Springfield aldermen Tuesday night approved two of Mayor Houston’s four proposed options for funding long-term infrastructure projects.
Aldermen voted 6-3 to raise the city sales tax from 8 percent to 8.5 percent. The increase will go into effect January 1, 2014. The new revenue will be dedicated to $86.6 million in borrowing for repair of roads, sidewalks and storm sewers.
The Council voted 6-4 in favor of a plan to pay for sanitary sewers through a low-interest loan from the Illinois EPA. Mayor Houston cast the deciding “yes” vote on that ordinance. The loan will be paid off over the next 20 years through a gradual increase to sewer rates. Rates will go up 5 percent each year for the next ten years.
Aldermen Tuesday night opted not to pay for sanitary sewer projects with a one-quarter of one percent sales tax hike.
They also rejected an option that would have funded maintenance of streets and sidewalks by increasing the sales tax by an additional one-quarter of one percent.
Alderman Steve Dove was absent Tuesday. Ward 7 Ald. Joe McMenamin told the Council that Dove contacted him to ask that they not delay voting. Dove co-sponsored the ordinance for the EPA sewer loan, but previously voiced opposition to raising the sales tax.
The two ordinances passed Tuesday are 2013-124 and 2013-127. The two that failed are 2013-125 and 2013-126. Here are details on all four.
Ordinance 2013-124 (passed 6-3):
- ½% sales tax increase to fund $86.6 million bond issue that will fund a 3 year program targeting worst streets, sidewalks, and storm sewers.
- 15 year pay off to match the average life of asphalt overlay, would allow overlay of 135 miles out of the 360 miles of asphalt streets in the city.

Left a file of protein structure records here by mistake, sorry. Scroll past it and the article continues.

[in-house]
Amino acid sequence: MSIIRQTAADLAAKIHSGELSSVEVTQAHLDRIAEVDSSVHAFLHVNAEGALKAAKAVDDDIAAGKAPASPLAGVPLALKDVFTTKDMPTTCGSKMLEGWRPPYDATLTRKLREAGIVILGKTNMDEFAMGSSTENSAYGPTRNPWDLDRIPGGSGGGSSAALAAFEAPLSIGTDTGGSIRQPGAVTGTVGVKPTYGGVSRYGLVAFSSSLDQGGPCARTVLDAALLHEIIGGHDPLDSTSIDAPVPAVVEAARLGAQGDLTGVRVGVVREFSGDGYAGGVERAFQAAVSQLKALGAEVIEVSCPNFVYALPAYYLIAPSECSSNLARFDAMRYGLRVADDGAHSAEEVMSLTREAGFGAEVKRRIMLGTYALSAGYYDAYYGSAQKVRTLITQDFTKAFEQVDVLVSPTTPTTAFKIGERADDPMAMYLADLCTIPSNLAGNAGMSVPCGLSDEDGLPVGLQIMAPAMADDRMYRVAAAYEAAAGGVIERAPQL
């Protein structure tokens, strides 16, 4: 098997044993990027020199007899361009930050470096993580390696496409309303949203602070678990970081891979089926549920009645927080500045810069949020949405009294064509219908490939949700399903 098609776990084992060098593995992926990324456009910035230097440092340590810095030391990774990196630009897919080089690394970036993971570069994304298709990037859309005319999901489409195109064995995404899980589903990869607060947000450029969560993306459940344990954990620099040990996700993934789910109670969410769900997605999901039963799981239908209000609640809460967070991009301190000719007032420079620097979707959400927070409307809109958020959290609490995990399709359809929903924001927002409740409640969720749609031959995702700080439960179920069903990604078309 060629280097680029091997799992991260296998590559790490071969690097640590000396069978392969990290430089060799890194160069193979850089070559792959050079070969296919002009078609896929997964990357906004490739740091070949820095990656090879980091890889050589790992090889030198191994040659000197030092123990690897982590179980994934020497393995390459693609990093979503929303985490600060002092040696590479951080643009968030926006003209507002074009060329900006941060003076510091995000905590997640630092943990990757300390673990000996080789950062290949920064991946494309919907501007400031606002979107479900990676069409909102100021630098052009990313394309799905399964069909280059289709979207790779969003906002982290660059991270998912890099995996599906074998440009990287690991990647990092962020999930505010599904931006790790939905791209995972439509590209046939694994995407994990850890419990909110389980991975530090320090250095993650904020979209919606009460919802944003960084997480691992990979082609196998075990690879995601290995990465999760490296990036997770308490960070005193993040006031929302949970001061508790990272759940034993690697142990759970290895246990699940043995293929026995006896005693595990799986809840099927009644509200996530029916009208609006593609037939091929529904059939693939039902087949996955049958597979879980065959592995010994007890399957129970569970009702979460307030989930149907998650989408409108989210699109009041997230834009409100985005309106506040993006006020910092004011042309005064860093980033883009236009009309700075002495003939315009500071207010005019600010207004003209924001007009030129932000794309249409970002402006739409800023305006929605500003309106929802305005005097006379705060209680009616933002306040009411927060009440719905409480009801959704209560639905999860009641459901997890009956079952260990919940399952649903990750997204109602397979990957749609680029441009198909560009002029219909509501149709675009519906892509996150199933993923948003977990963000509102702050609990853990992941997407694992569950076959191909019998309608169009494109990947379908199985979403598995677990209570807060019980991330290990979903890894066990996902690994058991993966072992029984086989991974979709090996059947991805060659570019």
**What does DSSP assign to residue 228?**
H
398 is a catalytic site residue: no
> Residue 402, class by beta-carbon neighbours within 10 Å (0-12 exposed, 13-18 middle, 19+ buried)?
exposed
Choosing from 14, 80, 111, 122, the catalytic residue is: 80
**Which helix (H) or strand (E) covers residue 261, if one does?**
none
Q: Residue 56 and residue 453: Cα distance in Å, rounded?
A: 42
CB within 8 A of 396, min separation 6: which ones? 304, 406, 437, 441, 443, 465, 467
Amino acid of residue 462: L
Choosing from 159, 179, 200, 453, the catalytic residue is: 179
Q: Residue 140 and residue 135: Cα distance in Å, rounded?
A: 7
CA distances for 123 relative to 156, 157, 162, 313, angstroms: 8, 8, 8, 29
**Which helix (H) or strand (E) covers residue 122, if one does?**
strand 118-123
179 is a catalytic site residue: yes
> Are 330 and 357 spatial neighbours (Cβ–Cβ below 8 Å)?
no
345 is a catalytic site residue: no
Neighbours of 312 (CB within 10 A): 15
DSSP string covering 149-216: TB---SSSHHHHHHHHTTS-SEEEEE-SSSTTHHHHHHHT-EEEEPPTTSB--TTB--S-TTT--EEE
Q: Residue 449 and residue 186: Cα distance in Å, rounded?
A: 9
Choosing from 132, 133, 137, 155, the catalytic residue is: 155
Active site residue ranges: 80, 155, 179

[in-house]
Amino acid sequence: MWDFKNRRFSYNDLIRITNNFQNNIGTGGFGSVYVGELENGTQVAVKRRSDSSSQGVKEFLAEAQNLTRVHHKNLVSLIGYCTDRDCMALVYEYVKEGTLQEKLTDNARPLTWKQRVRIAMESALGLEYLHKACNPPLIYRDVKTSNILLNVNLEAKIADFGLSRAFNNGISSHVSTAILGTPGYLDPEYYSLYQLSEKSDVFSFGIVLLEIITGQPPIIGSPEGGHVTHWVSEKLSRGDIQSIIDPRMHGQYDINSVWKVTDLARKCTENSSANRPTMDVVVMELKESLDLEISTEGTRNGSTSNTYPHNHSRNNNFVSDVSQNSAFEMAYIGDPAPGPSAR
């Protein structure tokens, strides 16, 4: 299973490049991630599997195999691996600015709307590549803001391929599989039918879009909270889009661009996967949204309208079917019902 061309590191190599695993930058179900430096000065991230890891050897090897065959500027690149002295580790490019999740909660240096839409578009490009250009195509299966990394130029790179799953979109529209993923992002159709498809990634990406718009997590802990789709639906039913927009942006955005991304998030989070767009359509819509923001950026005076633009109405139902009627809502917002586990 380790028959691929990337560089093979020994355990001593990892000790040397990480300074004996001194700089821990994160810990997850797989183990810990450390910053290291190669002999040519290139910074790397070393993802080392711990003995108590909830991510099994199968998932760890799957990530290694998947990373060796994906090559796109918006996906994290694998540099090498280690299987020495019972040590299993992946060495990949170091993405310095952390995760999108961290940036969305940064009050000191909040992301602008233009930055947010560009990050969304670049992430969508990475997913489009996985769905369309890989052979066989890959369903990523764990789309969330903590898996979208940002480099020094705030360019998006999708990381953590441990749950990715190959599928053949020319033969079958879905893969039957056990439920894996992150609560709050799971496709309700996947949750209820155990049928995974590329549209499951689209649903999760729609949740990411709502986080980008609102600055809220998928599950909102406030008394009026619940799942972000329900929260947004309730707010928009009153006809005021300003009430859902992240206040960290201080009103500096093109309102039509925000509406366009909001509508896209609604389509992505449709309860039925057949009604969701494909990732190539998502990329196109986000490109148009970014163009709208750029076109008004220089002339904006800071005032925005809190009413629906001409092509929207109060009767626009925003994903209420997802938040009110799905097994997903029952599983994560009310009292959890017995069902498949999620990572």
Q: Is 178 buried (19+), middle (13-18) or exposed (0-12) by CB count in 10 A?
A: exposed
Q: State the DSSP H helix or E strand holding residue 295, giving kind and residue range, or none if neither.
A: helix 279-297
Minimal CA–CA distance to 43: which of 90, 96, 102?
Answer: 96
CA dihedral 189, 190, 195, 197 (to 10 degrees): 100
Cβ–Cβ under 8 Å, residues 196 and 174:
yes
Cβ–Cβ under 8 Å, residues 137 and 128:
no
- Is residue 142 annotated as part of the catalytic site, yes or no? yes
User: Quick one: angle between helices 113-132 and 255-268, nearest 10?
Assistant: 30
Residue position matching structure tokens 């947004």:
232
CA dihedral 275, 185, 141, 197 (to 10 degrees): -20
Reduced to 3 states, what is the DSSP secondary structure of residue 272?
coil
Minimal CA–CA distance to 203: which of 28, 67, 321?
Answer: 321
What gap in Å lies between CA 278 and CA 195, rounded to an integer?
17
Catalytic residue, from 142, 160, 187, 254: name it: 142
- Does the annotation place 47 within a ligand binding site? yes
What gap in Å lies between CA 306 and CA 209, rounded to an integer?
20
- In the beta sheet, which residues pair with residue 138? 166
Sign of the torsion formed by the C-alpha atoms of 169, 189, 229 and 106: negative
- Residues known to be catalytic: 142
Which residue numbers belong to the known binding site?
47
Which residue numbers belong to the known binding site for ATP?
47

Ordinance 2013-127 (passed 6-4, Mayor Houston voting “yes”):
- Houston: “will propose a new approach to paying for our sewers which I believe are on the brink of collapse”
- IEPA Clean Water Initiative would allow city to borrow funds at low interest rates
- Would borrow $6 million a year from the EPA on an annual basis for 10 years, paying each loan off over a 20 year period
- Would fund $60 million in total sewer projects over the next decade
- Would require increasing the sewer fee by 5% per year for 10 years
- Average household in Springfield (10 units of water, $9.40 per month) would see less than $.50 monthly increase each year – total increase of roughly $5.00 by 2024.
Ordinance 2013-125 (failed)
- ¼% sales tax increase to fund ongoing maintenance of streets, sidewalks and storm sewers.
Ordinance 2013-126 (failed)
- ¼% sales tax increase to fund the $55 million of combined and sanitary sewer projects
- Would take approximately 12.5 years to fund